CASC resumes UAV production and testing amid ongoing COVID-19 battle

China Aerospace Science and Technology Corporation (CASC) has resumed production and flight testing of its UAVs.

China Aerospace Science and Technology Corporation (CASC) has resumed production and flight testing of its unmanned aerial vehicles (UAVs) following a brief stoppage to address the COVID-19 virus, the company said on its official social media account in early March before removing the post for unspecified reasons.

CASC resumed activities

“Various preparations were carried out in full swing, including documentation, system development, field testing, [as well as] training and planning,” the company stated.

“[We also performed] various reviews including structural tolerance, airworthiness checks, final assembly preparation and user documentation and customer acceptance certificates for new UAVs,” it added, noting that flight testing has resumed and progressing at a normal pace.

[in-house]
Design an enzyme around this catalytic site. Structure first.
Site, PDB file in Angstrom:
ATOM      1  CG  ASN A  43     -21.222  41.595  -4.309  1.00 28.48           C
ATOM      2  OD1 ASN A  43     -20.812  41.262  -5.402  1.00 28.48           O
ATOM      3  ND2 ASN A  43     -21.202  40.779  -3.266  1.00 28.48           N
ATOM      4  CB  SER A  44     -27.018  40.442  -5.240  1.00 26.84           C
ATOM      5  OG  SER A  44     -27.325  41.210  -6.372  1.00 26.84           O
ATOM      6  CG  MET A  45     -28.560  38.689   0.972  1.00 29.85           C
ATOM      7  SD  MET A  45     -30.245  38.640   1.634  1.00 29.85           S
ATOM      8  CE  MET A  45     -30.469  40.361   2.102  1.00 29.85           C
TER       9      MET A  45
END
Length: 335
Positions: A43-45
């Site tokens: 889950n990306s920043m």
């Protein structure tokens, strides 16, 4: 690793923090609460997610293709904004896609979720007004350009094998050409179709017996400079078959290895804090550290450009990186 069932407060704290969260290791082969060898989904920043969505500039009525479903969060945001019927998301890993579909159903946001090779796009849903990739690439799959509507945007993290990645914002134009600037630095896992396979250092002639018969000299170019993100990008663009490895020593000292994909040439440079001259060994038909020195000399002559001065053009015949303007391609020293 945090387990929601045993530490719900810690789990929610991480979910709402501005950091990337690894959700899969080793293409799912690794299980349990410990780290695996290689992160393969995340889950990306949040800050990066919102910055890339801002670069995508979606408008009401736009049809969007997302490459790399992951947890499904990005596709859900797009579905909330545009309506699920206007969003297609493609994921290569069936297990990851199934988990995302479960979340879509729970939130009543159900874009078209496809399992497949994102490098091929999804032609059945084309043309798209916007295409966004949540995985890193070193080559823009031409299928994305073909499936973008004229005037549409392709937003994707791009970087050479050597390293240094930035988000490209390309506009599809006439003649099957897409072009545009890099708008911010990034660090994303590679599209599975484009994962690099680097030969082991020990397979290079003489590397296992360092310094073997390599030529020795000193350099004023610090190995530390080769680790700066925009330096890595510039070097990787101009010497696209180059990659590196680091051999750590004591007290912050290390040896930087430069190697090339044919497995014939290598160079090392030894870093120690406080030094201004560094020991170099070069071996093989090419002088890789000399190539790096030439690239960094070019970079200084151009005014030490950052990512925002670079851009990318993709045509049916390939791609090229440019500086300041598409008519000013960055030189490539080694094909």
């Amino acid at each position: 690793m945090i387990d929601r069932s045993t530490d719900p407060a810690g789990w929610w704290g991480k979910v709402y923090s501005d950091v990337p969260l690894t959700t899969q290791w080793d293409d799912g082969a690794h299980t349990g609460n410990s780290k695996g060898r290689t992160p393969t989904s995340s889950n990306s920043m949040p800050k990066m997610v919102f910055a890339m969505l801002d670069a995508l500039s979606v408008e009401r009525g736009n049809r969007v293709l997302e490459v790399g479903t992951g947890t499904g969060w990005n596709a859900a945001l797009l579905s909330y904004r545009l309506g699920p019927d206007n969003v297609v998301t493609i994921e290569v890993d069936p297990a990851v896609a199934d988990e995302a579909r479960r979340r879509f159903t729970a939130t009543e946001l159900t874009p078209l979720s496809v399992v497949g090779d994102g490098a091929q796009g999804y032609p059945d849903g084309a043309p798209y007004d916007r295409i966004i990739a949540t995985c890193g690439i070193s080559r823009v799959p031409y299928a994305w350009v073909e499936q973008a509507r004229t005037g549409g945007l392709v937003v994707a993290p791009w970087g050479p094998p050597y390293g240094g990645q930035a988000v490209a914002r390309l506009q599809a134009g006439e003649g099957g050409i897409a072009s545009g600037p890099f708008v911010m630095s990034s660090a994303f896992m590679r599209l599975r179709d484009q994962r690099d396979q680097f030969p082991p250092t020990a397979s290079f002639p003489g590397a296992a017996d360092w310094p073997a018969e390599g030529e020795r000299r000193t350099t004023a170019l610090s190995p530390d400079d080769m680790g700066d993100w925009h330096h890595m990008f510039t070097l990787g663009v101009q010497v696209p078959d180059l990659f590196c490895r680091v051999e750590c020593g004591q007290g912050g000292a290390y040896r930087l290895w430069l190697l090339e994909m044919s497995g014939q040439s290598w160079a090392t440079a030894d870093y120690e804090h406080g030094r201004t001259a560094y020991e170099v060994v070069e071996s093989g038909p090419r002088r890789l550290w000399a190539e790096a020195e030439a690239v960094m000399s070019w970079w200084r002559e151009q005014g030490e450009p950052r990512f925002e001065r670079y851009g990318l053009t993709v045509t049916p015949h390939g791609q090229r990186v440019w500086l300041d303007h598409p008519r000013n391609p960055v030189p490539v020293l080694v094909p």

CH Family of UAVs

The company has exported its Cai Hong (Rainbow, or CH) family of UAVs – which range from hand-launched mini-UAVs to armed medium altitude long endurance (MALE)-class platforms – to over 10 countries with known operators including Algeria, Iraq, Indonesia, Myanmar, Nigeria, Pakistan, Saudi Arabia, and Turkmenistan.

New Facility

CASC announced in late December 2019 that it has expanded its UAV production capacity with a newly commissioned manufacturing facility in the eastern province of Zhejiang.

The company said the new facility, located in the 565 square-kilometre Taizhou Bay Circular Economy Industrial Agglomeration Zone, had been inaugurated on the same day.

The event also marked the delivery of the first batch of CH-4 MALE UAVs produced in Taizhou to the Zhejiang Department of Natural Resources, which have been specially configured to perform airborne survey and geospatial mapping operations.

The new facility is the latest among several CASC UAV production lines across the country and features an 80 m-long digital production line that can roll out a fully assembled CH-4 or CH-5 MALE UAV in less than seven days. Local reports indicate that its annual output capacity could be up to 200 UAVs.

by JR Ng